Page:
By Dr. Patrick Jones
Have the greater Tri Cities been visited by a downturn over the past two years? From the perspective of taxable retail sales, hardly.
Recent year-over-year increases tracked by the Trends indicator taxable retail sales may surprise a few readers. Recently released data for the third quarter of last year show a nearly 14% increase. Glancing back a little further, we see nearly a 33% spike for the second quarter of last year and a 16% jump in the first quarter. These are unprecedented year-over-year results.
Admittedly, a comparison of the second quarters presents an outlier since it was this quarter in 2020 when the most severe anti-pandemic measures were put into place. The accompanying graph shows, however, that the local downturn in that quarter was far more mild than for the state as whole: -4% vs. -13%.
A quick inspection of the graph also shows that for the three reported quarters of 2021, taxable retail sales, in aggregate, were far above those of pre-pandemic 2019. A complete recovery? Not quite, as aggregate measures can conceal strong variation and they do here.
In a recently completed study for the Port of Kennewick, the Institute examined the quarterly path of the pandemic on the local economy by three measures: employment, total wages, and taxable retail sales. Not surprisingly, some sectors thrived during the worst of the pandemic; others did not.
Several retail sub-sectors, for example, experienced strong sales surges in the two counties. The three benefiting the most, ranked by the size of the year-over-year increase in the second quarter of 2020 were: building materials & garden supplies, electronics & appliances, and general merchandise stores. As elsewhere, work-from-home directives led to local “investments” in both the home office and the home generally. On a percentage basis, sales increases ranged from approximately 2% to 22%.
On the other hand, several industries in the greater Tri Cities suffered plunges in sales. The three that fared the worst, in order of year-over-year losses, were: hospitality (accommodations as well as eating & drinking establishments), apparel & accessories, and wholesale trade. The collective decline of sales of these three was far greater than the collective gain of the three sub-sectors listed above, contributing to the overall decline in taxable sales in that quarter. Eating and drinking establishments, in particular, suffered a huge drop in sales.
Since then, apparel & accessories firms have chalked up, continual increases since the 4th quarter of 2020. The accommodations sector, however, continued to struggle until the 2nd quarter of last year, when year-over-year comparisons turned green. Wholesale trade actually recovered immediately in the following quarter.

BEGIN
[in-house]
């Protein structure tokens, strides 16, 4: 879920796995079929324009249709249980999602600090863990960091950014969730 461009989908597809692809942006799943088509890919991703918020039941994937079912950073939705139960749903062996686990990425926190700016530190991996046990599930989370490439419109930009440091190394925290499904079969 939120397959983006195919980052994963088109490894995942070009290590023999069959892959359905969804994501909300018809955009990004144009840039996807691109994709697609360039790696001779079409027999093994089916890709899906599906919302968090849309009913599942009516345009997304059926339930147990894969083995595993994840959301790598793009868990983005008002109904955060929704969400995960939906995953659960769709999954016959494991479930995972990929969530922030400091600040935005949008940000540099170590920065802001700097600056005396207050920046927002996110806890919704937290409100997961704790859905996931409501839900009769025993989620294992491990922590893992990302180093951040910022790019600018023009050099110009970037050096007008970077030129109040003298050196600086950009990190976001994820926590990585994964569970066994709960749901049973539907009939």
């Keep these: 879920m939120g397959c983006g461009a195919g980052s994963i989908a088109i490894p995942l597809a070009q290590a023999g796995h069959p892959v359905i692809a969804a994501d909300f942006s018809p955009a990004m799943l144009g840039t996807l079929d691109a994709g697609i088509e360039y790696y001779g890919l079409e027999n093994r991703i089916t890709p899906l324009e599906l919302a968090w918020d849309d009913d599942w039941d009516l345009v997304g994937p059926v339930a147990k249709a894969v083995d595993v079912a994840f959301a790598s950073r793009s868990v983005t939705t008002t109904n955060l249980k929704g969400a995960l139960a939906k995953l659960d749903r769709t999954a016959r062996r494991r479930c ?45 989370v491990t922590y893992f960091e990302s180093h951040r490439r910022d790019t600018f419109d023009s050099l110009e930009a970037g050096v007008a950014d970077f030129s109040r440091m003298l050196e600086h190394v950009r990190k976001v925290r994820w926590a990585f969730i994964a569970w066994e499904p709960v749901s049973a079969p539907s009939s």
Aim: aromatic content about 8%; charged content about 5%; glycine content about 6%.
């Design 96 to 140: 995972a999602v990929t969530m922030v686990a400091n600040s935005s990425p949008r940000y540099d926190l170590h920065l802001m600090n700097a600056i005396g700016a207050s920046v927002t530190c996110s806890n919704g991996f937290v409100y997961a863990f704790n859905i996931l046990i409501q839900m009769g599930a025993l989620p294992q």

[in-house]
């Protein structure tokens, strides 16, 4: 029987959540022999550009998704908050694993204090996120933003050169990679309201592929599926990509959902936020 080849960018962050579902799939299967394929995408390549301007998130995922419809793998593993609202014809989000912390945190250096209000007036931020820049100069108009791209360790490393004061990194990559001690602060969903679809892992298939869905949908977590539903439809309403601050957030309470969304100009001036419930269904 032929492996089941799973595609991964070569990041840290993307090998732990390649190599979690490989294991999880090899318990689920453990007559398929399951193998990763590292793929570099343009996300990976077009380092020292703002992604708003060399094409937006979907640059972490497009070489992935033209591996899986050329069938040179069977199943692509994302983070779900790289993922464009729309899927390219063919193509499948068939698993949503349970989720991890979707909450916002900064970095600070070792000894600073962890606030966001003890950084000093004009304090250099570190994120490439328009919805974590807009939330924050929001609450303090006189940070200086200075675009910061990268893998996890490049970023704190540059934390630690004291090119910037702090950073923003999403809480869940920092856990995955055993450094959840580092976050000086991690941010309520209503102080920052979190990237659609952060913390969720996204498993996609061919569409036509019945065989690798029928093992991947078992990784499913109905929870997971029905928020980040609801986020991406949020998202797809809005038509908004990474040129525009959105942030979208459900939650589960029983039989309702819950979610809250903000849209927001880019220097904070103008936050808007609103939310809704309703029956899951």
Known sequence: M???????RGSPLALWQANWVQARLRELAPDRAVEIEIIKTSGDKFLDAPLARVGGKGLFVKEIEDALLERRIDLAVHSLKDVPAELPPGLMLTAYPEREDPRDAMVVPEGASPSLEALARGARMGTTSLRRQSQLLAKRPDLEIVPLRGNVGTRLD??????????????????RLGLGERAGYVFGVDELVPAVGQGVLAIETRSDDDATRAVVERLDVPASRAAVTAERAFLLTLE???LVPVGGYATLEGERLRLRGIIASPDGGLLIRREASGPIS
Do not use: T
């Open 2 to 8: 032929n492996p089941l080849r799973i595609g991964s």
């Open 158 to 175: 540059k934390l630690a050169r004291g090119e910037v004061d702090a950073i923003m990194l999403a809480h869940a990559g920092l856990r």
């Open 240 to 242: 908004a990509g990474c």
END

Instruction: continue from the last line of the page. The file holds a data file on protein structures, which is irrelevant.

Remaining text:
Given the very positive aggregate results of 2021, it shouldn’t be a surprise that every sector in the greater Tri Cities economy subject to the sales tax has put up big increases from the 2nd quarter onward. In fact, the industries hit with the steepest declines in 2020 registered the steepest increases in 2021. Besides hospitality, apparel and wholesale trade, these comebacks included the hard-hit sector of arts, entertainment & recreation.
We will not know how the local sales ended the year until the next data release from the Washington Department of Revenue, scheduled for late June. But we have a strong clue, thanks to early releases of statewide sales tax data by the Economic Research & Forecast Council (ERFC). The Council reported that in the final quarter of last year, taxable retail sales went up statewide by 20%!
Keen eyes on the accompanying graph will observe that local taxable retail sales move in close tandem with those of the state. In fact, the correlation over the past decade between the same quarters here vs. Washington is nearly perfect, at 0.98. The implication for the final quarter of last year in the two counties? We can likely expect a year-over-year percentage sales increase in the mid-teens.
These are head-spinning numbers. But so was the amount of fiscal stimulus from the federal government in the second half of 2020 and the first half of 2021. It also worthwhile to note that while local employment took a hit of 8,000 jobs that have been slow to return, total wages paid to the workforce kept climbing. In other words, wage increases more than offset the lower number of people working, leading to more money to spend, in aggregate, in the local economy.
How might quarterly taxable retail sales turn out this year? In its most recent forecast of Washington State personal income, the ERFC put the year-over-year increase at a mere 3.6%. Adjusted for inflation, the forecasted change is actually negative. This matters because personal income drives spending (see this indicator on the Trends site). Here, too, the economic cycle of the two counties shows itself to be in synch with that of the state, with a high annual correlation over the past decade - 0.96.
Why might the 2022 forecast for Washington portend such a small uptick? First, the comparison will be to a huge increase in 2021. Second, there will be little federal direct stimulus circulating through businesses and households this year. Over the past decade, the average year-over-year increase of taxable retail sales in the two counties has been a slightly larger than 7%. This year may bring a number a little below that. But even a reversion to the mean should be welcome since taxable retail sales have done so well here for so long.